From August 11 to August 14, 1980, the Democratic National Convention was held in New York City at Madison Square Garden. This year, Democratic primary candidates included the incumbent President Jimmy Carter of Georgia, Senator Ted Kennedy of Massachusetts and Senator William Proxmire of Wisconsin. At the end of the convention, President Carter and Vice President Walter Mondale were nominated for reelection, receiving 2,123 or 64% of the delegates’ votes — in comparison to Kennedy’s 34.7% and Proxmire’s 0.3%.
However, the road to Carter’s official nomination at the convention was rife with conflict. As the primary election season moved forward, tension arose between Kennedy and Carter due to their stark differences in policy decisions — Kennedy was interested in moving the Democratic Party to the left, while Carter took a more moderate approach. During the first two days of the convention, Kennedy’s forces attempted to take Carter’s 2,000 delegate votes, but they failed to win a vote in favor of having an open convention. Had an open convention been secured, delegates would have been able to vote for any candidate of their choice regardless of their district’s primary results.
Despite failing to secure this crucial vote — which many believe caused the senator to lose the nomination — Kennedy and his team were determined to embarrass Carter. They did so by pushing a series of policy initiatives that went against the President’s normal agenda. These included a $12 billion stimulus spending program, measures to fight unemployment, and an endorsement of wage and price controls. Voting for these initiatives was set to take place after the delivery of a speech by Kennedy, and Carter’s team worried that this would help to create the perfect atmosphere to push delegates to adopt more liberal policies. After spending the previous day saying “no” to Kennedy whips attempting to get them to change their vote for the senator, the delegates were ready to say “yes” to anything else.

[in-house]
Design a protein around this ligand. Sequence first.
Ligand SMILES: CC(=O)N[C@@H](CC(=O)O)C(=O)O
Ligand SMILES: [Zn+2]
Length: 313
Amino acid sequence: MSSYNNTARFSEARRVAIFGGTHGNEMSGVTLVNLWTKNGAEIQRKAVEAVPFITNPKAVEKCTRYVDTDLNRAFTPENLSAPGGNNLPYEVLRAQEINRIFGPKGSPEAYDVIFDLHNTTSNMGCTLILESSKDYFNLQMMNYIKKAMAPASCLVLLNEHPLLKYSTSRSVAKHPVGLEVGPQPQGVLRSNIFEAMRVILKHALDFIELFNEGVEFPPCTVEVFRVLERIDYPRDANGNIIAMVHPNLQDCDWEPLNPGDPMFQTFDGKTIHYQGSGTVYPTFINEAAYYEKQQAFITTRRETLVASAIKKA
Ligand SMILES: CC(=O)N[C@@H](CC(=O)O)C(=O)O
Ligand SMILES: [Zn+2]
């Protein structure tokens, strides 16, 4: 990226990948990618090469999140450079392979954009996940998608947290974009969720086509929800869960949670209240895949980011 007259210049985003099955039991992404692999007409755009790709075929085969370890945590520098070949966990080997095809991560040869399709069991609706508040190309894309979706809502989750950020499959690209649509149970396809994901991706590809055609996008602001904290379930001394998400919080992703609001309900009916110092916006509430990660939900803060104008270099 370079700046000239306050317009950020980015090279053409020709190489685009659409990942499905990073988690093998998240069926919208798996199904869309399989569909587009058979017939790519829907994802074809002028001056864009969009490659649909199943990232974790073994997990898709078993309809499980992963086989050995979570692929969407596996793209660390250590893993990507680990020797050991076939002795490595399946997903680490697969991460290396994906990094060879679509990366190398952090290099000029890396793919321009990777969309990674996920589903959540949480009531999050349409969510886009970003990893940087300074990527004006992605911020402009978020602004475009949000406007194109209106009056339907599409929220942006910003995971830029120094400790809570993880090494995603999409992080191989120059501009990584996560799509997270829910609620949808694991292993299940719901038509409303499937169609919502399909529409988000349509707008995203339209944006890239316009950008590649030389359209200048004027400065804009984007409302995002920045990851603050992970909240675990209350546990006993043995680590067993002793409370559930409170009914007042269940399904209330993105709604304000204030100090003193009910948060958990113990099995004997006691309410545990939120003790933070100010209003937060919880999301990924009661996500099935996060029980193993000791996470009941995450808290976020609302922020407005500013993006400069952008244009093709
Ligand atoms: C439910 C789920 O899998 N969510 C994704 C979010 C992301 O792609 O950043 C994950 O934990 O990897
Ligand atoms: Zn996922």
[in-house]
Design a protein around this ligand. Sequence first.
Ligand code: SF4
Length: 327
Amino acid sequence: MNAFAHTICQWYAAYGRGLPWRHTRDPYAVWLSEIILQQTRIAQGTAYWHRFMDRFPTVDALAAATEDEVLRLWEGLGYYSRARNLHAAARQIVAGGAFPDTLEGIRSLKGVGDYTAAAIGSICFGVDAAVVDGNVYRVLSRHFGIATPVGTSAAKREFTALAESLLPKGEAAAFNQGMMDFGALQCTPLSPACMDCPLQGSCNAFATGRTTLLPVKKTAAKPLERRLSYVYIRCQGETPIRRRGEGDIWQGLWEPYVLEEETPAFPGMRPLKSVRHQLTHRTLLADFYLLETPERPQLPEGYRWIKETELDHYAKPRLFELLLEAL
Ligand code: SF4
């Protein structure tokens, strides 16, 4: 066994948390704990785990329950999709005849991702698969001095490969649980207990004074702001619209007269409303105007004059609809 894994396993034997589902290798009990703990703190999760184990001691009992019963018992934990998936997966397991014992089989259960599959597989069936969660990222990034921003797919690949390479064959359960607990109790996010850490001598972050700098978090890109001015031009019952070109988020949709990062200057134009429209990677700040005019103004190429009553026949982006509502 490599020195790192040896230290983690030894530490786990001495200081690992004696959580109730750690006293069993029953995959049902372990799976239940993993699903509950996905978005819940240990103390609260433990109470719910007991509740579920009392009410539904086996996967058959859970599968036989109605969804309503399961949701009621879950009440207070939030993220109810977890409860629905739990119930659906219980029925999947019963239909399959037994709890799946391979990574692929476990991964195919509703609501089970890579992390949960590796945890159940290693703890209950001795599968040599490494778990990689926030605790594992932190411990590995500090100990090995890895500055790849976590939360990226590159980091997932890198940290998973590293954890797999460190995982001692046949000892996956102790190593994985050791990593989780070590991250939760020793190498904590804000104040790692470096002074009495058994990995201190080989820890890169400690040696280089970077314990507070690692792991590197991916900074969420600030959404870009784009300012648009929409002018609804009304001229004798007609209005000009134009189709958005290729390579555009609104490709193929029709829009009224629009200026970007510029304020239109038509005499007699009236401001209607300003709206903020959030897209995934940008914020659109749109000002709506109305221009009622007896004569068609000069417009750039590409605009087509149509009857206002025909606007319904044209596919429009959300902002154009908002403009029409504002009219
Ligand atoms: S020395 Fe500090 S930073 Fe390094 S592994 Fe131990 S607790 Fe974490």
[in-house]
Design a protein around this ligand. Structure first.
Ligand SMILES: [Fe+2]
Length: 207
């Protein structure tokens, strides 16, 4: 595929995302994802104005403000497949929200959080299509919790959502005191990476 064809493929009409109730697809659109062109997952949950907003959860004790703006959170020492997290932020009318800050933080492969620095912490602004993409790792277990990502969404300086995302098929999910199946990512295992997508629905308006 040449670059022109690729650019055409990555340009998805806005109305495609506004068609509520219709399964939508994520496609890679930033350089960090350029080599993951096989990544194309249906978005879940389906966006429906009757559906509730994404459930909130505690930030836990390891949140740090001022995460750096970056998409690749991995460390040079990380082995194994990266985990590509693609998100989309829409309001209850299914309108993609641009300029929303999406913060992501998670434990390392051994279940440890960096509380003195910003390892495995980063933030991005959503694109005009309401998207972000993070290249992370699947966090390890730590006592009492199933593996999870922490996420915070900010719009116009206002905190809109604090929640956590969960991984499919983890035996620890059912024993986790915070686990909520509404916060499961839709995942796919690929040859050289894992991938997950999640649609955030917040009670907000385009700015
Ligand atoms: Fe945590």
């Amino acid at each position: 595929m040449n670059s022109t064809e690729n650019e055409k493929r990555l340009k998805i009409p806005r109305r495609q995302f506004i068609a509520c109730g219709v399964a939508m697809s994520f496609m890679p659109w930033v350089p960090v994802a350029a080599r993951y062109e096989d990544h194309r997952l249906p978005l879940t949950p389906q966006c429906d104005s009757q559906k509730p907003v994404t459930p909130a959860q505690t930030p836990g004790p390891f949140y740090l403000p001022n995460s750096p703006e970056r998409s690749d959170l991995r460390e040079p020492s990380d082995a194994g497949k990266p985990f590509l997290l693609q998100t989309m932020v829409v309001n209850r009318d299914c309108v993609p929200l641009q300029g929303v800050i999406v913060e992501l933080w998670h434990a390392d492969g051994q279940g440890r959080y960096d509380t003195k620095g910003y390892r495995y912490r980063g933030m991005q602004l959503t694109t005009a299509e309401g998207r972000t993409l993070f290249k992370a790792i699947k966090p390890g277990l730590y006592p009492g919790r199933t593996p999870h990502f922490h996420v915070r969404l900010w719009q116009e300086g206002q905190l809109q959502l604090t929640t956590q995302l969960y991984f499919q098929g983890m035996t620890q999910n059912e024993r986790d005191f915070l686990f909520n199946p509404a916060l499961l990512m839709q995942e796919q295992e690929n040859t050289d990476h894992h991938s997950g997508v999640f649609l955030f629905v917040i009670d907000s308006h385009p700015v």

Over the course of August 12th, tension between the two dueling factions grew so intense that two high-ranking members almost broke out into a fistfight. Harold Ickes, manager of floor operations for Kennedy, used an obscure procedural rule to call a halt to the afternoon of floor proceedings — messing up the planned television schedule for the convention. Done out of pure spite, Ickes stated as justification for his actions: “I mean we weren’t thinking about the country. We weren’t even thinking about the general election. It was, F— em’. You know? To be blunt about it.”
The response to Ickes’ move was swift. Tom Donilon, who was in charge of ensuring the convention went smoothly, was furious at the major disruption. Leaving the confines of his office, Ickes charged across the stage, finding Carter a lawyer named Tim Smith grappling with Ickes. The two proceeded to yell and curse at one another, mere seconds away from coming to blows. Their fight came to an end a few minutes later, interrupted by a phone call from Kennedy and his advisors to Ickes — telling him it was time to get on with the convention.
A few hours later, it was time for Kennedy to deliver his speech entitled “The Dream Shall Never Die.” Written by Bob Shrum, the speech defended post-World War II liberalism, advocating for the implementation of a national healthcare model. Lasting 32 minutes, the speech began with a concession of the presidential campaign. Following this, Kennedy immediately distinguished himself from Carter, stating that he had come “not to argue as a candidate but to affirm a cause”; such a cause was to serve “the humble members of society — the farmers, mechanics, and laborers.”
Next, Kennedy directly attacked Regean’s conservative political ideas, arguing that his policies were vehemently against labor unions, urban centers, senior citizens and the environment. He did so by appealing to a nostalgic defense of old liberal values, highlighting that while social programs may become obsolete over time, the core ideal of fairness will always endure. He stated: “The great adventures which our opponents offer is a voyage into the past. Progress is our heritage, not theirs. What is right for us as Democrats is also the right way for Democrats to win.”